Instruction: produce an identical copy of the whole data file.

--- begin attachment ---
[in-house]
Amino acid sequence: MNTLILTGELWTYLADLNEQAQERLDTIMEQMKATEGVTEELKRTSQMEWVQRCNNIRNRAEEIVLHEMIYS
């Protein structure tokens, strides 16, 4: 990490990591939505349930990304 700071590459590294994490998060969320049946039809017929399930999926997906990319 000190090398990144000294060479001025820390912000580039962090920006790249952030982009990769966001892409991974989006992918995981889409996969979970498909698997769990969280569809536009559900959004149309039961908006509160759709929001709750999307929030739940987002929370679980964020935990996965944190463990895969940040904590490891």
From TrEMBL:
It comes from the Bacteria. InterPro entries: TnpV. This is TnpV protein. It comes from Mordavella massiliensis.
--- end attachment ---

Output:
[in-house]
Amino acid sequence: MNTLILTGELWTYLADLNEQAQERLDTIMEQMKATEGVTEELKRTSQMEWVQRCNNIRNRAEEIVLHEMIYS
């Protein structure tokens, strides 16, 4: 990490990591939505349930990304 700071590459590294994490998060969320049946039809017929399930999926997906990319 000190090398990144000294060479001025820390912000580039962090920006790249952030982009990769966001892409991974989006992918995981889409996969979970498909698997769990969280569809536009559900959004149309039961908006509160759709929001709750999307929030739940987002929370679980964020935990996965944190463990895969940040904590490891």
From TrEMBL:
It comes from the Bacteria. InterPro entries: TnpV. This is TnpV protein. It comes from Mordavella massiliensis.